The Berlin session was devoted to remembering Bruce and his voluminous body of work, made all the more impressive by the fact that he lost most of his vision as an adult. My fond image of Bruce comes from academic conference sessions, during which he would alternately listen intently and briefly nap, while regularly petting his guide dog, Bruno. He reveled in the give-and-take of those discussions and had a keen knack for offering insightful questions and comments.

Even as his health deteriorated from cancer, Bruce worked furiously to complete a book manuscript on what he called the “re-imagined lawyer,” acknowledging the crisis of heart in the legal profession today and examining how the law and legal practice can be changed for the better. He didn’t quite finish the book, but colleagues associated with the Therapeutic Jurisprudence Center that he founded at Miami are committed to bringing it to publication.

I have a special appreciation for Bruce and David Wexler, because two years ago they gave me such a warm welcome to the TJ community, and I became fast friends with both. Reluctant to ally myself with more narrowly defined theoretical or ideological frameworks in my legal scholarship, I did not find a comfortable intellectual home for my work until I belatedly discovered therapeutic jurisprudence. Since then, TJ has become a very meaningful and important association for me.


The University of Miami’s law school has a web page dedicated to Bruce, here.

For previous blog posts on therapeutic jurisprudence, go here.

Two of my recent law review articles have been built around a TJ theme:

Therapeutic Jurisprudence and the Practice of Legal Scholarship (University of Memphis Law Review, 2010)

Employment Law as if People Mattered: Bringing Therapeutic Jurisprudence into the Workplace (Florida Coastal Law Review, 2010).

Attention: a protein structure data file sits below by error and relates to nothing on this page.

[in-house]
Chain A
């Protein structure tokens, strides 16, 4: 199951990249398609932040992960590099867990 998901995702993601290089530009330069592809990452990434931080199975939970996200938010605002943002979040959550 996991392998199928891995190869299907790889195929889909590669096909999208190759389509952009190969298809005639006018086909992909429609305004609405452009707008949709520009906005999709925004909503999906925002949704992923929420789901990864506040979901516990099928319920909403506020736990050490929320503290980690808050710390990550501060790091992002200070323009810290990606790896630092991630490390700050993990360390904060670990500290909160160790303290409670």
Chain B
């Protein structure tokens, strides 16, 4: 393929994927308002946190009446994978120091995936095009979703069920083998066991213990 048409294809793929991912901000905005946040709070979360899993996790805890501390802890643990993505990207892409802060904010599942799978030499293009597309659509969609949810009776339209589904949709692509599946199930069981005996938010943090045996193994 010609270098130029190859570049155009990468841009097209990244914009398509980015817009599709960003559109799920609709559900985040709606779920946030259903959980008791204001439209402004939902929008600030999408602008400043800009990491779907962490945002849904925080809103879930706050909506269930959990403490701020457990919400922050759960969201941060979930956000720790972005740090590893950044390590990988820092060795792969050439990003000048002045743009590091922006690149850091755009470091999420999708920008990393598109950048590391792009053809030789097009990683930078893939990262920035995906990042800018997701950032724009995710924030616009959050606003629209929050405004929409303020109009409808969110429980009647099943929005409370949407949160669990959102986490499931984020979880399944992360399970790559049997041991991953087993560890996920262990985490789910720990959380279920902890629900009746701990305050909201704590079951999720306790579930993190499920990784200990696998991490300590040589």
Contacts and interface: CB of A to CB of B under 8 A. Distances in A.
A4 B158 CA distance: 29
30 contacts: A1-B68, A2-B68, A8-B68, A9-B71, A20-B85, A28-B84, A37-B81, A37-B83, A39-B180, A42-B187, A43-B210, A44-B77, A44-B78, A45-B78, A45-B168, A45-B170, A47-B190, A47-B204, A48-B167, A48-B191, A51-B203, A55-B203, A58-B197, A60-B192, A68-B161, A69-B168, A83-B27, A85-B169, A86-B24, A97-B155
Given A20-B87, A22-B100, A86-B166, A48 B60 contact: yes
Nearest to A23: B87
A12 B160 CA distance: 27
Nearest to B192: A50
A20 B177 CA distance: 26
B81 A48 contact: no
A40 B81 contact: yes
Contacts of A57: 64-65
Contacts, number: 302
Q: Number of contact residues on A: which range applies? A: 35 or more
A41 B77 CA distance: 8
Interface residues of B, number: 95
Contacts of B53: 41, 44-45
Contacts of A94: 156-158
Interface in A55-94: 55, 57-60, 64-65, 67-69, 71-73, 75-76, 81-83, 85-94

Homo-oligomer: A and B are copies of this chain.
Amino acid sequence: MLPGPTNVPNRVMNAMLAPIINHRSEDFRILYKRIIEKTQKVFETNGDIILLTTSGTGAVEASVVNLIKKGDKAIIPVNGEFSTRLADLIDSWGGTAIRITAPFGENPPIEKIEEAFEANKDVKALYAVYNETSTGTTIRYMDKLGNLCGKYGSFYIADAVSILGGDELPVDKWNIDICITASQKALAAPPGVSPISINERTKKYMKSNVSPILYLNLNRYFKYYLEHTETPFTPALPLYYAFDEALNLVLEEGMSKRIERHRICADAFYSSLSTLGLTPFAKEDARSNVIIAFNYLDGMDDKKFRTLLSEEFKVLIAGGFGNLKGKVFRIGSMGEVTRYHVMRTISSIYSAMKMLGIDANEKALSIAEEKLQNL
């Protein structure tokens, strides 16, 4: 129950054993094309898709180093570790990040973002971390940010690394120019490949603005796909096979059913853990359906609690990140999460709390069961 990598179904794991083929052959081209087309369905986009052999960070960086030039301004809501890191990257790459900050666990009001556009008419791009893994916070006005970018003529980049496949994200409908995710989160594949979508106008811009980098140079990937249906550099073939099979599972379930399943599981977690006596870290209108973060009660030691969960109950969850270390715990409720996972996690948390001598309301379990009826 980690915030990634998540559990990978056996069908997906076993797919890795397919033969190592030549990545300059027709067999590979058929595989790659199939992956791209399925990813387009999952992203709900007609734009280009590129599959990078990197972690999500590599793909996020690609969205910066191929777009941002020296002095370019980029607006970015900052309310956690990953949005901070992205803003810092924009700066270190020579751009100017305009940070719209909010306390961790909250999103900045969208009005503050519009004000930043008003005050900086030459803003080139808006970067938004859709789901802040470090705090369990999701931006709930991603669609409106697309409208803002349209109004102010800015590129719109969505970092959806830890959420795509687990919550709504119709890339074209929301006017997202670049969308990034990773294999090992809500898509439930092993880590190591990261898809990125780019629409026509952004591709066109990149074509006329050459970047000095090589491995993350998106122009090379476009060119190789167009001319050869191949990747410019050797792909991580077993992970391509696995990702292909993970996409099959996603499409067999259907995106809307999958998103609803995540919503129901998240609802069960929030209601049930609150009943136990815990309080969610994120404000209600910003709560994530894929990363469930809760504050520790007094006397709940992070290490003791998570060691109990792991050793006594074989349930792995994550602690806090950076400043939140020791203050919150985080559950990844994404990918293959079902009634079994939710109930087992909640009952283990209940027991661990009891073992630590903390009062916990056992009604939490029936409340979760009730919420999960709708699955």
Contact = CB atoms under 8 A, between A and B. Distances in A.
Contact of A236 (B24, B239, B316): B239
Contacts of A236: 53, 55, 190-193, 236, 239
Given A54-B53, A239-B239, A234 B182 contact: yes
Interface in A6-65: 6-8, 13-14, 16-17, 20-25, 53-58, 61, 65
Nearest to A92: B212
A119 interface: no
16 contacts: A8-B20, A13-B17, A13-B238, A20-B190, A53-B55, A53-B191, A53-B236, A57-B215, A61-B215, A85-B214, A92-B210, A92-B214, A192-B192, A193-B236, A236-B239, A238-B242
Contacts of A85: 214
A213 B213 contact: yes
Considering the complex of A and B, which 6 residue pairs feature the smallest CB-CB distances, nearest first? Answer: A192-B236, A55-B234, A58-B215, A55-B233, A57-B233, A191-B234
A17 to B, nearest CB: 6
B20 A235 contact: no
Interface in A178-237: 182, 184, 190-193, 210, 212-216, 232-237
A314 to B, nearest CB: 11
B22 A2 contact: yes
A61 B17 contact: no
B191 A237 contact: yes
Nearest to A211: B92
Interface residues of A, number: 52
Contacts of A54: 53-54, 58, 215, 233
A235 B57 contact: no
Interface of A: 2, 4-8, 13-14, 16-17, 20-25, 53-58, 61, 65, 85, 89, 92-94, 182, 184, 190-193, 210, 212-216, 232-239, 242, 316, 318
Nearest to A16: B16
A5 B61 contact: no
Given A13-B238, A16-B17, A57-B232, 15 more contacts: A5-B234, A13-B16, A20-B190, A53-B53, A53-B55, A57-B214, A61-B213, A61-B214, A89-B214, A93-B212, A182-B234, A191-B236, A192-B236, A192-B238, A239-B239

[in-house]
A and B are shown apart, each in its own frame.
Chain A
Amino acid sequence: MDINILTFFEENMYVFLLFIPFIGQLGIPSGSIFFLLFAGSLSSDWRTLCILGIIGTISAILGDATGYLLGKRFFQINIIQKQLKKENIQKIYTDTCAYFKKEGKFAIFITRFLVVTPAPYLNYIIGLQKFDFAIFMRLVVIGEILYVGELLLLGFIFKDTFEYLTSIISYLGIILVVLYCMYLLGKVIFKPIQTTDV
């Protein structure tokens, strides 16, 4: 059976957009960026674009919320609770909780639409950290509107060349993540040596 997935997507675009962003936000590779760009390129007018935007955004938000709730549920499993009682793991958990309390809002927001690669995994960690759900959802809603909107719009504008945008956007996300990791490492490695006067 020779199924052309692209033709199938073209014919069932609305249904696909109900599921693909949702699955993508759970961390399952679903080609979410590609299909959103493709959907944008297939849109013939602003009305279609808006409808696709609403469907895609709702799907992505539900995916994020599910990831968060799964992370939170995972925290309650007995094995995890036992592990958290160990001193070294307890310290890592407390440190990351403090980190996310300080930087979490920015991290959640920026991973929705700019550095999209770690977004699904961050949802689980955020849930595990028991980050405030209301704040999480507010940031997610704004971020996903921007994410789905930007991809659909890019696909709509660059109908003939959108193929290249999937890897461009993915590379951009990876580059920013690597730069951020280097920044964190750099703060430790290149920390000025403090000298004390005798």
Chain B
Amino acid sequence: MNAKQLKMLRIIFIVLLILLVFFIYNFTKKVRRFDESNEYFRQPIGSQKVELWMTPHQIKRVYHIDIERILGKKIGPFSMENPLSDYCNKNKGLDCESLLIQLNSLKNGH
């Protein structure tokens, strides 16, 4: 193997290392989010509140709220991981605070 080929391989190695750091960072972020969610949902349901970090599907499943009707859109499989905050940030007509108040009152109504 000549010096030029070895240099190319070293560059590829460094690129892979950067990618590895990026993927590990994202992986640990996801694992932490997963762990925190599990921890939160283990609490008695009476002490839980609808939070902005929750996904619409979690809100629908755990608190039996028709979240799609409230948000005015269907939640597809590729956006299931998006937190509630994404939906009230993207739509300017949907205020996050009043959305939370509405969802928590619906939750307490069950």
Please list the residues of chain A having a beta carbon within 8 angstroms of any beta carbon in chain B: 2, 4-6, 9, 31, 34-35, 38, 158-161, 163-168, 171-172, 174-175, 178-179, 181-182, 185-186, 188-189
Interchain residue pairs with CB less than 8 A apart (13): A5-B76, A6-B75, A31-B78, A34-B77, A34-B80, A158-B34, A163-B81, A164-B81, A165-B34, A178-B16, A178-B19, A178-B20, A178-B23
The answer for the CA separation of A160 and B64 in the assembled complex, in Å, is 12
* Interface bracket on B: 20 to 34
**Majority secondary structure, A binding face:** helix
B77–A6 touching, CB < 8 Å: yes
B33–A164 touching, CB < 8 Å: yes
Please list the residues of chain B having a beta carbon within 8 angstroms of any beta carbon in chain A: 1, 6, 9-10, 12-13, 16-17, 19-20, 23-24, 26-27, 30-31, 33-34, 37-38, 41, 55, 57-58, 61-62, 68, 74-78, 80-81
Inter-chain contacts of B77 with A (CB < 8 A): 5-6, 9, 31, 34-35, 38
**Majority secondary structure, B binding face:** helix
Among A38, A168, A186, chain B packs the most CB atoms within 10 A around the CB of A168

Dignity amidst horrific indignity: A job shoveling s**t in the Łódź Ghetto


Survivors and rescuers planting Trees of Memory in 2009 (Source: Wikipedia, By M Z Wojalski – Own work, CC BY-SA 4.0,

In the Łódź Ghetto of German-occupied Poland during the Second World War, Harold Bursztajn’s father could’ve received extra protections and privileges by agreeing to serve on the ghetto’s Jewish police force, which the Nazis used to control the local populace. Because he didn’t want to become so directly complicit with his oppressors, he declined.

Instead of receiving special treatment to keep his neighbors in line, the elder Bursztajn was put to work as a “fecalist,” a person who collected their droppings. Fecalists were given no protective clothing, no masks, and no gloves, and many had to work without shoes.

It is difficult to imagine how abominably dirty and disgusting the job must have been. Because they reeked with the smell of their work, the fecalists became the untouchables (or at least the “unapproachables”) of the ghetto.

Why this job?

The job was not meant solely to demean. You see, none of the thousands of apartments in the Łódź Ghetto had indoor plumbing, and there was no public sewage system to speak of. Risk of infectious diseases ran rampant. However, because Łódź was a manufacturing city that provided forced labor to fuel the Nazi war machine, keeping these people alive — at least until they had nothing left to give — was a high priority.

Thus emerged a perverse convergence of interests. The Jews wanted to survive, and the Nazis needed their labor. Out of nothing, a public health system emerged. At presumably the lowest rung of this system came the folks whose job was to remove the mounds of human waste that posed the threat of deadly disease.

How they made a difference

The fecalists may have stank, but they used this to their advantage: The Germans, too, gave them wide berth, which meant that they could smuggle information and small amounts of supplies without fear of being searched.

And, lest we forget, their work saved lives — however temporarily in view of the eventual fates of ghetto residents. Fatalities from infectious diseases dropped precipitously once this improvised public health system took shape, and the fecalists became part of the first line of defense by providing more sanitary living conditions for those in the ghetto.

A remarkable panel

This summary does not come close to adequately conveying the fascinating depth of this story and others that were part of a gripping panel on health care, medical ethics, and public health in the German-occupied Jewish ghettos, presented at the biennial Congress of the International Academy of Law and Mental Health, hosted this week by Berlin’s Humboldt University.